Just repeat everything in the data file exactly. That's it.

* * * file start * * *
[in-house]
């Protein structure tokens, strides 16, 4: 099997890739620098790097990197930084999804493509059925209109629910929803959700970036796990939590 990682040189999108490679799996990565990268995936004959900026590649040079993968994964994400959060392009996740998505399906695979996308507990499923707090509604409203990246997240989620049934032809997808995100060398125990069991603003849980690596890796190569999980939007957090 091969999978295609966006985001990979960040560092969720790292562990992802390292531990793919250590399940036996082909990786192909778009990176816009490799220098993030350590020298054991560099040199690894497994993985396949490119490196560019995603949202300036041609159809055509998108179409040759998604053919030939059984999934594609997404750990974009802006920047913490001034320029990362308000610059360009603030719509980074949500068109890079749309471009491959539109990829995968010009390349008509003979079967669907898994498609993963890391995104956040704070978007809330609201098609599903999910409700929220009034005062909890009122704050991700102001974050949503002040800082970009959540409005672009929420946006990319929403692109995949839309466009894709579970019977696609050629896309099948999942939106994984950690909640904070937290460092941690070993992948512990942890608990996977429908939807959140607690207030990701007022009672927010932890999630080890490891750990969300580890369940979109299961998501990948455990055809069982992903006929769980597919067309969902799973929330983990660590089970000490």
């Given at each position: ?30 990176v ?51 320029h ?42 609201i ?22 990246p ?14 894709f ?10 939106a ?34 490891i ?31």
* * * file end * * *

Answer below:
[in-house]
């Protein structure tokens, strides 16, 4: 099997890739620098790097990197930084999804493509059925209109629910929803959700970036796990939590 990682040189999108490679799996990565990268995936004959900026590649040079993968994964994400959060392009996740998505399906695979996308507990499923707090509604409203990246997240989620049934032809997808995100060398125990069991603003849980690596890796190569999980939007957090 091969999978295609966006985001990979960040560092969720790292562990992802390292531990793919250590399940036996082909990786192909778009990176816009490799220098993030350590020298054991560099040199690894497994993985396949490119490196560019995603949202300036041609159809055509998108179409040759998604053919030939059984999934594609997404750990974009802006920047913490001034320029990362308000610059360009603030719509980074949500068109890079749309471009491959539109990829995968010009390349008509003979079967669907898994498609993963890391995104956040704070978007809330609201098609599903999910409700929220009034005062909890009122704050991700102001974050949503002040800082970009959540409005672009929420946006990319929403692109995949839309466009894709579970019977696609050629896309099948999942939106994984950690909640904070937290460092941690070993992948512990942890608990996977429908939807959140607690207030990701007022009672927010932890999630080890490891750990969300580890369940979109299961998501990948455990055809069982992903006929769980597919067309969902799973929330983990660590089970000490």
């Given at each position: ?30 990176v ?51 320029h ?42 609201i ?22 990246p ?14 894709f ?10 939106a ?34 490891i ?31």